Shopping on the net could jam the roads

April 20, 2001

Spates of e-road rage are forecast if the popularity of shopping over the internet keeps growing at its current rate.

The prediction is just one conclusion of a detailed report on the impact of e-commerce on transport and logistics by the University of Bradford.

It says residential areas could be overwhelmed by fleets of delivery vans carrying growing volumes of web-ordered goods. Shoppers freed from the weekly supermarket run may then use their cars for other trips, causing an upsurge in traffic and driver frustration.

Peter James, one of the report's authors, said that despite the current shake-out in e-commerce, the trend for internet shopping would have a major impact on everyone's lives over the next decade.

"There could be many benefits, such as easier shopping, lower costs within supply chains and greater access to local shops for the disabled and elderly, and to world markets for small companies. But there could also be disadvantages such as more transport," said Professor James.

The study forms part of the Digital Futures project, which is looking at the environmental and social impact of e-commerce. It has been coordinated by the environmental non-governmental organisation Forum for the Future, and funded by the government and companies including AOL, British Petroleum and British Telecom. Research has taken a year to complete and has produced a list of recommendations.

The report confirms the positive effects of e-business include its improvement of distribution efficiency, reduction of waste and costs to consumers, and the creation of broader markets for small producers, especially in remote regions.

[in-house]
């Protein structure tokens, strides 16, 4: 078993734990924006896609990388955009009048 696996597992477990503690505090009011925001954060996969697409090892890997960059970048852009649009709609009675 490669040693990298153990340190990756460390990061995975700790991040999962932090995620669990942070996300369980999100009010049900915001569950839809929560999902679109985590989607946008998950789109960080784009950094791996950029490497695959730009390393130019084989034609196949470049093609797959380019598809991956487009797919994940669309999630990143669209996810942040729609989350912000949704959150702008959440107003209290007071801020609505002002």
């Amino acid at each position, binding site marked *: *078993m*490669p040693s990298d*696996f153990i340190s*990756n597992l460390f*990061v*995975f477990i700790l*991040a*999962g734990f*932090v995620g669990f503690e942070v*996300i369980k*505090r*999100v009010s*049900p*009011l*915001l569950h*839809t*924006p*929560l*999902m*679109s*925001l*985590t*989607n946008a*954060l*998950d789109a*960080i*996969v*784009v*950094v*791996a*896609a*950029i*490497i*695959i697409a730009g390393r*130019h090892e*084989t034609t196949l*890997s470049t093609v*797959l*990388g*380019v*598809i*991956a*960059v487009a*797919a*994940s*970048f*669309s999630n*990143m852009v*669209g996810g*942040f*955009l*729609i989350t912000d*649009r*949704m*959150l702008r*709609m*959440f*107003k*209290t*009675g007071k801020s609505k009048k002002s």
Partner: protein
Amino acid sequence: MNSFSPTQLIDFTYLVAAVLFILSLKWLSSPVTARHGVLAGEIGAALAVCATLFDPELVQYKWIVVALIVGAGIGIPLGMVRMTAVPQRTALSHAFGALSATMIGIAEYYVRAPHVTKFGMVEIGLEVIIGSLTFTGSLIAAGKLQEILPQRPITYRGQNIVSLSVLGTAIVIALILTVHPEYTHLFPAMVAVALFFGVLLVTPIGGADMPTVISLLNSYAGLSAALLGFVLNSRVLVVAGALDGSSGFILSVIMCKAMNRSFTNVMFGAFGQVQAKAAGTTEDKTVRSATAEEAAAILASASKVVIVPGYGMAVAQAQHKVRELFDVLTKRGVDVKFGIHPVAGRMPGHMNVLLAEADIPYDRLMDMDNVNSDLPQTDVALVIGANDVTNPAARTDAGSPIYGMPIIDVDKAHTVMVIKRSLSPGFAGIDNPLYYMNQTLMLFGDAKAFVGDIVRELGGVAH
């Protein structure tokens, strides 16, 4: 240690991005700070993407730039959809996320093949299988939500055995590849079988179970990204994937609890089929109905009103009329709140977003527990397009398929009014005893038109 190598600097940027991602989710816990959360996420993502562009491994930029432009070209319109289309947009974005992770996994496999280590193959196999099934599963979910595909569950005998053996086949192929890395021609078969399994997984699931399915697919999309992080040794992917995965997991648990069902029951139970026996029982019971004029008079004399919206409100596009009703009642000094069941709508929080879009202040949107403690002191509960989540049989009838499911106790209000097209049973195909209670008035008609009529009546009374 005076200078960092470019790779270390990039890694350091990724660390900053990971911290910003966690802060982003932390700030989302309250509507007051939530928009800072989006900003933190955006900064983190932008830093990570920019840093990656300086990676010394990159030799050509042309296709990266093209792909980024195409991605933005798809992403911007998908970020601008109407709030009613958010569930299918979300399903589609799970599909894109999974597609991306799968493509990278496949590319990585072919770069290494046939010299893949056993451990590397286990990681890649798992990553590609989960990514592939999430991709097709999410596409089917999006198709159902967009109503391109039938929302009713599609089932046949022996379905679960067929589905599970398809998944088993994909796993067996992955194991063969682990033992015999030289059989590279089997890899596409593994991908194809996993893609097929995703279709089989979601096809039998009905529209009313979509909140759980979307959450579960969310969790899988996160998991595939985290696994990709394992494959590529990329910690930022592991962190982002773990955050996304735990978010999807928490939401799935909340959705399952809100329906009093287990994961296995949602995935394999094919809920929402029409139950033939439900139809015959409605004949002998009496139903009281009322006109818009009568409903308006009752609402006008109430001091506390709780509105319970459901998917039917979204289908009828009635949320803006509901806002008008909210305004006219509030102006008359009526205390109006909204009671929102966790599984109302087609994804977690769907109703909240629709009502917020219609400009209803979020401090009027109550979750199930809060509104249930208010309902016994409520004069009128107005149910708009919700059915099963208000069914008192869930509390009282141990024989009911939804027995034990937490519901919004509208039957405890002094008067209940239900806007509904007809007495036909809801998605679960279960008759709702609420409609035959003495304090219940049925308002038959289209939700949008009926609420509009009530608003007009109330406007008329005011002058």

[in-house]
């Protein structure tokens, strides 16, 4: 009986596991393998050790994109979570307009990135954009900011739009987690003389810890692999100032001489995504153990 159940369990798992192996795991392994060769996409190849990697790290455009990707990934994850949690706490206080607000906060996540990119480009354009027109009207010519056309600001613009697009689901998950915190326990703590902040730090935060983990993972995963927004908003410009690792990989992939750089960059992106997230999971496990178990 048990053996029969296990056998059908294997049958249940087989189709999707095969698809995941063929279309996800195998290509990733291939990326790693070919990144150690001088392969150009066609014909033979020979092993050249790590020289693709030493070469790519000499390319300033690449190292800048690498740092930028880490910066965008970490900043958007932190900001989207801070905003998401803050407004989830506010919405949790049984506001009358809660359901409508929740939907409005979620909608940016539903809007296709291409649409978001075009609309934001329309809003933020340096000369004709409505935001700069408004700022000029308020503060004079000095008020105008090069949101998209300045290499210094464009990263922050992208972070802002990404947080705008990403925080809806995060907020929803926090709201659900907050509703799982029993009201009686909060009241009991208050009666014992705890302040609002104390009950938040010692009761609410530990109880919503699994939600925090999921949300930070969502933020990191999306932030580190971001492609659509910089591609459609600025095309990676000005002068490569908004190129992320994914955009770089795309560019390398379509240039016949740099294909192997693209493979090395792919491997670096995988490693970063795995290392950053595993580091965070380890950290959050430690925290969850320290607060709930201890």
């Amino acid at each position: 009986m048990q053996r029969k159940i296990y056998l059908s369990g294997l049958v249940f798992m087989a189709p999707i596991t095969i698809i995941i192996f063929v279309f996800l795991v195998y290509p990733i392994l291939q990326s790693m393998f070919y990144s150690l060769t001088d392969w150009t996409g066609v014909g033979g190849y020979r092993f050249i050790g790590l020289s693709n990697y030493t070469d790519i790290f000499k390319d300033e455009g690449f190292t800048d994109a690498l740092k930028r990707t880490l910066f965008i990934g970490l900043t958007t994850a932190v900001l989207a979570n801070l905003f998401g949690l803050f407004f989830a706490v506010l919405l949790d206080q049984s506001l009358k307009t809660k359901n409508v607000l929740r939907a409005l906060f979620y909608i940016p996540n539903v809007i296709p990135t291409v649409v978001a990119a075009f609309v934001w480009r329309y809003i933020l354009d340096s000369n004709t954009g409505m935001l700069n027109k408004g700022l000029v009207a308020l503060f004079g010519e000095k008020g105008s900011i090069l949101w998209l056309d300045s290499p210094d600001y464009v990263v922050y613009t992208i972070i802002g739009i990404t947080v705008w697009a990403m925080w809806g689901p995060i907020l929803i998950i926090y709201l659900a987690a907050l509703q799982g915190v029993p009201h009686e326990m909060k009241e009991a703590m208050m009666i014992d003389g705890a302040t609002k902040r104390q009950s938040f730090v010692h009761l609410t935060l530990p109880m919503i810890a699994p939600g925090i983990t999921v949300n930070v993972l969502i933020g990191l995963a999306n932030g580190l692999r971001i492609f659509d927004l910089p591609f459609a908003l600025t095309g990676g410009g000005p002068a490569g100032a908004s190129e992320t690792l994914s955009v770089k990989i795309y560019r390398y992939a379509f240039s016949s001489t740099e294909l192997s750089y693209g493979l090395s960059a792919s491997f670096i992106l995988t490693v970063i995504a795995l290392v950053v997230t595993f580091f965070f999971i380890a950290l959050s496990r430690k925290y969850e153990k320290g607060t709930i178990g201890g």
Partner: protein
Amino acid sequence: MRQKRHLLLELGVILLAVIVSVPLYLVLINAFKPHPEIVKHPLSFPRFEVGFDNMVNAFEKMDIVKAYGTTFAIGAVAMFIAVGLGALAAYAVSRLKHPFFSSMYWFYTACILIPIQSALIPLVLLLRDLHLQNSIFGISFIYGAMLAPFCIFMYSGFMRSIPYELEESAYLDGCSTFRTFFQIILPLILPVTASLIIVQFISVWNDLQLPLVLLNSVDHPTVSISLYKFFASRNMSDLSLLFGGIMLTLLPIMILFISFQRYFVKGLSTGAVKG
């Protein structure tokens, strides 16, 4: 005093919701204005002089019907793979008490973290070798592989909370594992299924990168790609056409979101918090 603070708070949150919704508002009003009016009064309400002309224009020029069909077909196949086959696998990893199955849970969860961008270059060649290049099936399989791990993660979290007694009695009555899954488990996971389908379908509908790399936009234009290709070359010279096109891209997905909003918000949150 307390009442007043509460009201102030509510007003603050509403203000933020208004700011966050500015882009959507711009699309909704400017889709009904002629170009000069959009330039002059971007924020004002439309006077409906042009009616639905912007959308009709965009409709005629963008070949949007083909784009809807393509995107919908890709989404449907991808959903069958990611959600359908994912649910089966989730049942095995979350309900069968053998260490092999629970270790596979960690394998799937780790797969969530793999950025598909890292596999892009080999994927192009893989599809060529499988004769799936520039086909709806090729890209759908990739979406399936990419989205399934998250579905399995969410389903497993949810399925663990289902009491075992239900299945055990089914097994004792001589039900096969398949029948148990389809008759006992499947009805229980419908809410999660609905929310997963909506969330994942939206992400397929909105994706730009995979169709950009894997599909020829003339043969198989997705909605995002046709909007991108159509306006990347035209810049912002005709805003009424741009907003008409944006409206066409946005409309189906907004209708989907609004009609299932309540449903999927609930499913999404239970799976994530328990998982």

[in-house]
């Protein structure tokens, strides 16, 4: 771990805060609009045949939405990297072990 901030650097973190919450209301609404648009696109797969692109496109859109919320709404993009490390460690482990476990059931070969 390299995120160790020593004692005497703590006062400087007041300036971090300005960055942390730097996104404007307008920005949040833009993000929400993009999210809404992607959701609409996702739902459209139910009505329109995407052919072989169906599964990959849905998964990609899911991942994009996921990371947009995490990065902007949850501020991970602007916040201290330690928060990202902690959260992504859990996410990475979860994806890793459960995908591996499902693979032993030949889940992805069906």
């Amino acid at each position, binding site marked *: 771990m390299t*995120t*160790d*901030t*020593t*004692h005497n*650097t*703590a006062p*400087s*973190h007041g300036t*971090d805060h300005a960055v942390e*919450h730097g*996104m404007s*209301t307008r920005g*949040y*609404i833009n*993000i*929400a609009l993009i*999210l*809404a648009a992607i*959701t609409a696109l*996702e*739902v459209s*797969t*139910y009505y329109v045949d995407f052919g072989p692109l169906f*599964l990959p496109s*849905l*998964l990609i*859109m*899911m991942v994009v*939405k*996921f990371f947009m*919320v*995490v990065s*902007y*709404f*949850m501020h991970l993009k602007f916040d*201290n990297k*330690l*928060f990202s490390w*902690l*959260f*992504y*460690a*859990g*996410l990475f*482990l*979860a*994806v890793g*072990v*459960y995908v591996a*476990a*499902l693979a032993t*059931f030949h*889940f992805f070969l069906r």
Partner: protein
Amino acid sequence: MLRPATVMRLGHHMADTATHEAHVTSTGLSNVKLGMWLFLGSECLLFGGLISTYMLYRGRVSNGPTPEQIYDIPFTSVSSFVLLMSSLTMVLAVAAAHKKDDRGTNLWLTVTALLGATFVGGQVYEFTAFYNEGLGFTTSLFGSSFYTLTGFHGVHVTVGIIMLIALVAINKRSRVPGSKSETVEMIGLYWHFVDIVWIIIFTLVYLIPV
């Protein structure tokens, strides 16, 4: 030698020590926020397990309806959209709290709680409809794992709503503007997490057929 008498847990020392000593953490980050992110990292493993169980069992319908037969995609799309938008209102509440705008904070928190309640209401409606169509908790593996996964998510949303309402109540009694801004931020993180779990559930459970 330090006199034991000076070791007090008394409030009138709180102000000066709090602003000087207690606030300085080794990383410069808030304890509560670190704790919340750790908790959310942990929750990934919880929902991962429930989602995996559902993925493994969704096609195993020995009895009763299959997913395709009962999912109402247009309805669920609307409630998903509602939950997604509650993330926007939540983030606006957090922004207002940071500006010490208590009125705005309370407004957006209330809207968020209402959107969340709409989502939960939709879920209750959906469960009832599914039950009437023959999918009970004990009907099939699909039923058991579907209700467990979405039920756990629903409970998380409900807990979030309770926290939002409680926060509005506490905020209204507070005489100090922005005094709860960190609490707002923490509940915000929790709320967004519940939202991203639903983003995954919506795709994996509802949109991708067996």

However, these are offset by the negative effect of a greater use of air freight, extra delivery van traffic and an increased demand for warehousing at strategic locations such as the M1/M62 interchange. Supermarkets could also be closed as shopping patterns change.

Peter Hopkinson, a senior lecturer in business strategy and the environment, said the research showed that the new economy was concentrated in London and the southeast. "There's currently a digital divide between people and regions who can access and develop e-commerce and those who can't," he said.

The report's authors point out that the situation could change rapidly. While growth in home shopping would be based on the existing infrastructure of supermarkets, parcel carriers and collection points in the short term, when it reached 5-10 per cent of total retail sales significant change would occur.

This would include development of pick centres, closure of supermarkets, and the creation of new distribution channels such as purpose-built drop-off and collection networks.

"It is too early," the report concludes, "to give e-business a green light as a creator of sustainable logistics. Now is the time to take precautionary action to ensure that e-business is compatible with the government's sustainable development objectives."


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